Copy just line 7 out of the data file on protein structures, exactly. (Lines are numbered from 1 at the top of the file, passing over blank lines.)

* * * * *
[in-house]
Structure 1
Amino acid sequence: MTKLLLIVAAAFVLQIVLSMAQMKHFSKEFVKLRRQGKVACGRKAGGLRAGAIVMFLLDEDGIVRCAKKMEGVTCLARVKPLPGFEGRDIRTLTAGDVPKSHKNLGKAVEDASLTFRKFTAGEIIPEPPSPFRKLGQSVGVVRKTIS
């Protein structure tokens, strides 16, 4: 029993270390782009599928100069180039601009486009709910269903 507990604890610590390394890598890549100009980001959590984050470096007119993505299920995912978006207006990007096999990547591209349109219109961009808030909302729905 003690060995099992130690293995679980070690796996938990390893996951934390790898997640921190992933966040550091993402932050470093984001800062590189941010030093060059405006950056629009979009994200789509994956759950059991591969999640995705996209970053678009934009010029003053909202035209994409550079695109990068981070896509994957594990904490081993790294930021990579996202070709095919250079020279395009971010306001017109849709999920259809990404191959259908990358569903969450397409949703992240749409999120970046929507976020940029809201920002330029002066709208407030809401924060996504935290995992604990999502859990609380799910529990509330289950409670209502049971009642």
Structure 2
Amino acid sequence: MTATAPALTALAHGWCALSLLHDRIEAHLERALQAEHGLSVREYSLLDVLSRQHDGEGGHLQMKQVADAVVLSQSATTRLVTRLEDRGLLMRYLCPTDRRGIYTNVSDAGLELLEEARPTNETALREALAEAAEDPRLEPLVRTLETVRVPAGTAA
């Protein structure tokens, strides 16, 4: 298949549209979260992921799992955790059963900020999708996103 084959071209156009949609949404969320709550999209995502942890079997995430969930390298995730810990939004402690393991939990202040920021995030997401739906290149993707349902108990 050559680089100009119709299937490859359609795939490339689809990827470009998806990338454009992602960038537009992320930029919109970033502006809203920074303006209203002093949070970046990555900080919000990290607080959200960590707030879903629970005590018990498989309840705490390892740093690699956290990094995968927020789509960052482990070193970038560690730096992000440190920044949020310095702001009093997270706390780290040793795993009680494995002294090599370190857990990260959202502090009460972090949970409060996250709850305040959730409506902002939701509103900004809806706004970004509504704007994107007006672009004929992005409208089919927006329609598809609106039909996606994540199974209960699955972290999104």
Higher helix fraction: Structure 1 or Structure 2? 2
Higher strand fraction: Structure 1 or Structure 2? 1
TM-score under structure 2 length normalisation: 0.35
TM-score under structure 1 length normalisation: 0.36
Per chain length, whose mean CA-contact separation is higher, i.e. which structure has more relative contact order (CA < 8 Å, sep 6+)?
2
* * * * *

């Protein structure tokens, strides 16, 4: 298949549209979260992921799992955790059963900020999708996103 084959071209156009949609949404969320709550999209995502942890079997995430969930390298995730810990939004402690393991939990202040920021995030997401739906290149993707349902108990 050559680089100009119709299937490859359609795939490339689809990827470009998806990338454009992602960038537009992320930029919109970033502006809203920074303006209203002093949070970046990555900080919000990290607080959200960590707030879903629970005590018990498989309840705490390892740093690699956290990094995968927020789509960052482990070193970038560690730096992000440190920044949020310095702001009093997270706390780290040793795993009680494995002294090599370190857990990260959202502090009460972090949970409060996250709850305040959730409506902002939701509103900004809806706004970004509504704007994107007006672009004929992005409208089919927006329609598809609106039909996606994540199974209960699955972290999104």